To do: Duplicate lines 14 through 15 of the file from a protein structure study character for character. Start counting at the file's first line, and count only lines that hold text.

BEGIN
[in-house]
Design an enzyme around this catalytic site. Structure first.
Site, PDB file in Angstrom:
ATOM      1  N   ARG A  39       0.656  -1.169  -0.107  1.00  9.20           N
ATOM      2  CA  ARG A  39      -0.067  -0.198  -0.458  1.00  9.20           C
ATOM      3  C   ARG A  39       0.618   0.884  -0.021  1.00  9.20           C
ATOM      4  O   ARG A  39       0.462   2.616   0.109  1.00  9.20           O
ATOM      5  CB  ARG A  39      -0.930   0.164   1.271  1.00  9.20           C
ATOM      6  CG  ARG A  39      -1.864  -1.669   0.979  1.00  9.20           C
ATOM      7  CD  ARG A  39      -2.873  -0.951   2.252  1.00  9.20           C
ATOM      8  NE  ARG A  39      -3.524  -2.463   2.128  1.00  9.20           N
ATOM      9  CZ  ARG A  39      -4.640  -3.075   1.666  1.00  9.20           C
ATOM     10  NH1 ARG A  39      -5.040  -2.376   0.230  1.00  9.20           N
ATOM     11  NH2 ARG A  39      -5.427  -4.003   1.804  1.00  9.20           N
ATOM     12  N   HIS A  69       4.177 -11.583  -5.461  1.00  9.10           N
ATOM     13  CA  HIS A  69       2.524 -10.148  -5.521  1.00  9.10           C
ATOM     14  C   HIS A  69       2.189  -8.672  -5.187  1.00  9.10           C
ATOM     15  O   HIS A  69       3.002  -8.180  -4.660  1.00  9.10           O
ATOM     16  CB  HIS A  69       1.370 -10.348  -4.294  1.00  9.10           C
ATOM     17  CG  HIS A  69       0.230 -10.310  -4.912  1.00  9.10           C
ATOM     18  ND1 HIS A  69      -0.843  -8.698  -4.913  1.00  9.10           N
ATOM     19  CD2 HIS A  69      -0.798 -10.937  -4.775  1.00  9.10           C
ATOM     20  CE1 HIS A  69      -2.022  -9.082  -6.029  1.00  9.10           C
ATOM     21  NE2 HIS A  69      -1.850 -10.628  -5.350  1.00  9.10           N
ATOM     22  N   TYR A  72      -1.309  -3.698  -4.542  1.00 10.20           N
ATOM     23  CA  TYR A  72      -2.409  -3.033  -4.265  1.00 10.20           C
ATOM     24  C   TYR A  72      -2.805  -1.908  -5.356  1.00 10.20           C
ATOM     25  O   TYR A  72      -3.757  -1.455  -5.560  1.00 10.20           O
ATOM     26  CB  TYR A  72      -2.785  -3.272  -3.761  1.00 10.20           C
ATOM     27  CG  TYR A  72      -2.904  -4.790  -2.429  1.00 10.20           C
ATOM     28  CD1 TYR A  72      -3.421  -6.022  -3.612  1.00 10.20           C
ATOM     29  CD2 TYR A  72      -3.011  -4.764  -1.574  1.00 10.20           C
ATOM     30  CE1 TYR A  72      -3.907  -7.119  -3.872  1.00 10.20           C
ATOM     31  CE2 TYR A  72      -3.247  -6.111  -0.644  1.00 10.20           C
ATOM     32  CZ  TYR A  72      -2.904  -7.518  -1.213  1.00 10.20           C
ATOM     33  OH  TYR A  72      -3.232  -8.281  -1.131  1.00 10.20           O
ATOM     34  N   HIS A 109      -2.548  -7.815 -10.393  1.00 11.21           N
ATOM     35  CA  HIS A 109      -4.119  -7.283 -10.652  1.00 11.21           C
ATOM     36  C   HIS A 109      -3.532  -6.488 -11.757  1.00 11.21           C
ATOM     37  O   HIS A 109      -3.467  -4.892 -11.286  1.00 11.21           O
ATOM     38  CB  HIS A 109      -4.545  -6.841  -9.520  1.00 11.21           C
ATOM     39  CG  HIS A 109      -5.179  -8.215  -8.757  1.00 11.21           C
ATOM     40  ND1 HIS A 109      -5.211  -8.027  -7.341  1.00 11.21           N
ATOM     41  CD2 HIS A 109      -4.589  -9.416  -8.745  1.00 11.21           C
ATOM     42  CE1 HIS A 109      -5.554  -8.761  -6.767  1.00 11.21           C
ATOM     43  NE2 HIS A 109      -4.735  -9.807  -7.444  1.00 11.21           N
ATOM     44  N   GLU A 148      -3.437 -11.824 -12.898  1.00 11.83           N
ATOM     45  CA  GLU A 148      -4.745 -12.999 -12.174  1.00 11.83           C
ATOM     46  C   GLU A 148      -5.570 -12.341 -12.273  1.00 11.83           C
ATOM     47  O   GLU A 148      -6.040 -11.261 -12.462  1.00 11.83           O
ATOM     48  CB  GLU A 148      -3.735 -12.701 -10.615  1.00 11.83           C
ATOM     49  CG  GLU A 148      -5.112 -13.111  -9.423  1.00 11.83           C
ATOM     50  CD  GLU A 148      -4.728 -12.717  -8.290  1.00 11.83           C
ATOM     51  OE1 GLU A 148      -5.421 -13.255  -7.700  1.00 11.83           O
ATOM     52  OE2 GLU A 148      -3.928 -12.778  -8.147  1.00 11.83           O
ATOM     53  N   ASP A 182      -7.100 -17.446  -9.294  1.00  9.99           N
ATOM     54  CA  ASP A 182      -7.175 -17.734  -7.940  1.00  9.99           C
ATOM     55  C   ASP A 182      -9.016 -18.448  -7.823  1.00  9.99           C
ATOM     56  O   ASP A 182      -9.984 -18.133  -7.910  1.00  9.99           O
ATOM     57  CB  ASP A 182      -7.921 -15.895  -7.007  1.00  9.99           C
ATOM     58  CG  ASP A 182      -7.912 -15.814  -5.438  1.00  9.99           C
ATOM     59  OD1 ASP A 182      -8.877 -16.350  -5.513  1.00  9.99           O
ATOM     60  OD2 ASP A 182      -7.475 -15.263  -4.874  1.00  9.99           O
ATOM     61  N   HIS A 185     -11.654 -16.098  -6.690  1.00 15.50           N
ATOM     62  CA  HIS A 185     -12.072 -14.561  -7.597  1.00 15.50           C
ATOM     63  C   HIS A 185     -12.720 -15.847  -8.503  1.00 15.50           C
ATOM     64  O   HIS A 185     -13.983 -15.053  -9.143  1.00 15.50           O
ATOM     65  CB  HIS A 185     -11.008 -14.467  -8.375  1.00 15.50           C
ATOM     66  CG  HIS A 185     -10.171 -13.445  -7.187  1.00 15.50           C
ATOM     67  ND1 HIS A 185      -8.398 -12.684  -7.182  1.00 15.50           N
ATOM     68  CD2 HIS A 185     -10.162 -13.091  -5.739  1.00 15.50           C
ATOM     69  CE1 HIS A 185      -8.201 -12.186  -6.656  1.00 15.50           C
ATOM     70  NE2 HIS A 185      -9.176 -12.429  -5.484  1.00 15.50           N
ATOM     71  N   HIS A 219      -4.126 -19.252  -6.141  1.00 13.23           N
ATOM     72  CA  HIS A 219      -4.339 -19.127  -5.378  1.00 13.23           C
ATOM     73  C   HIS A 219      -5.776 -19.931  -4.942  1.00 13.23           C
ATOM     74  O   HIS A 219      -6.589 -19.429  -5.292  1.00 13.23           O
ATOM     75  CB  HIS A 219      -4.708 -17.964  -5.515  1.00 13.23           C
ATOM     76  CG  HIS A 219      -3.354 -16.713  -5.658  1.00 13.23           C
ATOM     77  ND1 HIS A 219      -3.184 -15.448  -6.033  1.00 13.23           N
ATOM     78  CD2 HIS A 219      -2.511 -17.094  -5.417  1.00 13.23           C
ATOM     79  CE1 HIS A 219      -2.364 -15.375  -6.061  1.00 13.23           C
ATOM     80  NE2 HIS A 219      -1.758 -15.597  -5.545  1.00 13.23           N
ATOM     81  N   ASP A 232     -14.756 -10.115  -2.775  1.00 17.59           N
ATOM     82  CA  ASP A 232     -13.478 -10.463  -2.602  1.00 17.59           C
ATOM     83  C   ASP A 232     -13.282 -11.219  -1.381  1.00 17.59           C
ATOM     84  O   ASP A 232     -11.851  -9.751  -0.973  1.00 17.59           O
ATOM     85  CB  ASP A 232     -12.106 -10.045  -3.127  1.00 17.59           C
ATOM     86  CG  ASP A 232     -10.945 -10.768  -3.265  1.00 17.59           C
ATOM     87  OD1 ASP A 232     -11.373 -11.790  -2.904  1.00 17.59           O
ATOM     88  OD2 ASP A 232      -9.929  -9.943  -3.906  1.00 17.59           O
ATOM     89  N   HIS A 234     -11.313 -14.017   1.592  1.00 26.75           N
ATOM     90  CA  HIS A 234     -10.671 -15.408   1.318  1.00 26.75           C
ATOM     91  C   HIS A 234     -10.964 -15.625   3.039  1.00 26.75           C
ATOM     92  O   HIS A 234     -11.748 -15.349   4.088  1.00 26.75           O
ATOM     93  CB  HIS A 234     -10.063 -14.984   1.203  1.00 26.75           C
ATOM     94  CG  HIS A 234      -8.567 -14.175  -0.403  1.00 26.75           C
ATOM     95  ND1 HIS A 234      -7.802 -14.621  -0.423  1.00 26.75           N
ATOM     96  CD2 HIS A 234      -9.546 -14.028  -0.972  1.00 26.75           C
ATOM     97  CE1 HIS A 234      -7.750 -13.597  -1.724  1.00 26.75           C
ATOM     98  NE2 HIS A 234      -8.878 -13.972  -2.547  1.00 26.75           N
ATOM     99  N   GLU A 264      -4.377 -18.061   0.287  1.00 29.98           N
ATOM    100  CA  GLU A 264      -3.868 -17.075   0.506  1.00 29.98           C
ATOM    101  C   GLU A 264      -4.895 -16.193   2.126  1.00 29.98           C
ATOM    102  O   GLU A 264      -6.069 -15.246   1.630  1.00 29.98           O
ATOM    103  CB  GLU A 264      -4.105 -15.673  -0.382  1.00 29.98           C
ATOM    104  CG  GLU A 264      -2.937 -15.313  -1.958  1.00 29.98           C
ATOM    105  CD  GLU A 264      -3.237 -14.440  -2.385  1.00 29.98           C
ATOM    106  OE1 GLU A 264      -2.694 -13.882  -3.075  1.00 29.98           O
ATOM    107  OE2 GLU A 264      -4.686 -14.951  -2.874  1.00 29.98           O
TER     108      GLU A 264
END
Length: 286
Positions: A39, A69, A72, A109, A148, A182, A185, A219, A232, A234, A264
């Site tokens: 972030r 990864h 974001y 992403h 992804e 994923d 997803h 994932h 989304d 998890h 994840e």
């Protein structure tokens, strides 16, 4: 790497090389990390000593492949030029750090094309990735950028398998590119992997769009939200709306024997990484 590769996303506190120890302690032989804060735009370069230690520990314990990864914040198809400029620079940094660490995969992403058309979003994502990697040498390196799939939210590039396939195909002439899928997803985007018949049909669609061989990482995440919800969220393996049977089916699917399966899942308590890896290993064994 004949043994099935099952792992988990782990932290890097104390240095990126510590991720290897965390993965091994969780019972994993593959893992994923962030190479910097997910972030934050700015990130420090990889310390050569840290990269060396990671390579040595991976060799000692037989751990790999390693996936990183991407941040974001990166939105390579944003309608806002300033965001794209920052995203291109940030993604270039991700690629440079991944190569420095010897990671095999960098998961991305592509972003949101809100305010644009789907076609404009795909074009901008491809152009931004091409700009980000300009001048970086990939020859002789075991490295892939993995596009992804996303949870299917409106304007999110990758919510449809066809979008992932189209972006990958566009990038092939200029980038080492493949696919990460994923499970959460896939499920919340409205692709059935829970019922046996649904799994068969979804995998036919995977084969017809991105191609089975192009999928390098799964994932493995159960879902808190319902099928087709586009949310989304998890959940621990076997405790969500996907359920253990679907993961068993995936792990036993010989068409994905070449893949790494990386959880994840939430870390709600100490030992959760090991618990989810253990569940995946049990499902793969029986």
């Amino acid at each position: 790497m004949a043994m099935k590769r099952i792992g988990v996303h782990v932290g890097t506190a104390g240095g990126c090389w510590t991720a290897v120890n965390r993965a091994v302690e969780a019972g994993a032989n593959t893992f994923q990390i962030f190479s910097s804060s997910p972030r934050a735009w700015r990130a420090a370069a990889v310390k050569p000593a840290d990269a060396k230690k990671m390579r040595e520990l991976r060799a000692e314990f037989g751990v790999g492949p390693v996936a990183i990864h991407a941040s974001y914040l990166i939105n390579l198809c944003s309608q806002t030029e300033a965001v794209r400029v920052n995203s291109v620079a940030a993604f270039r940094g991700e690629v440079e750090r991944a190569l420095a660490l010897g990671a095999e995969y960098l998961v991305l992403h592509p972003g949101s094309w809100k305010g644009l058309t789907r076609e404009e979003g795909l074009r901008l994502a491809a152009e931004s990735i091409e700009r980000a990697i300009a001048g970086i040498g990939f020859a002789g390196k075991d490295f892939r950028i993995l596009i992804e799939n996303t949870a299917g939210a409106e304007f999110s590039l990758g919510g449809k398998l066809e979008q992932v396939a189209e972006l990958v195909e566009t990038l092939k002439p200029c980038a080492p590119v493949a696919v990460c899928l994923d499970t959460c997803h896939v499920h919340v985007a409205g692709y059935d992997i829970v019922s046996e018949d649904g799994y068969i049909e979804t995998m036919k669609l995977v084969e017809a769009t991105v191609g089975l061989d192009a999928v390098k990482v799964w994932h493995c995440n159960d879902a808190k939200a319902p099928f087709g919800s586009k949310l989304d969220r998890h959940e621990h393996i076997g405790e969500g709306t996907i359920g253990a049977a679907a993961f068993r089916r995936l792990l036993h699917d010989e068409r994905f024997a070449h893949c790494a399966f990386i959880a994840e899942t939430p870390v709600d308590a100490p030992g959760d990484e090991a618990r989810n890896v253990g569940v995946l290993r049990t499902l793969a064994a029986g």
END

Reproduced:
ATOM     11  NH2 ARG A  39      -5.427  -4.003   1.804  1.00  9.20           N
ATOM     12  N   HIS A  69       4.177 -11.583  -5.461  1.00  9.10           N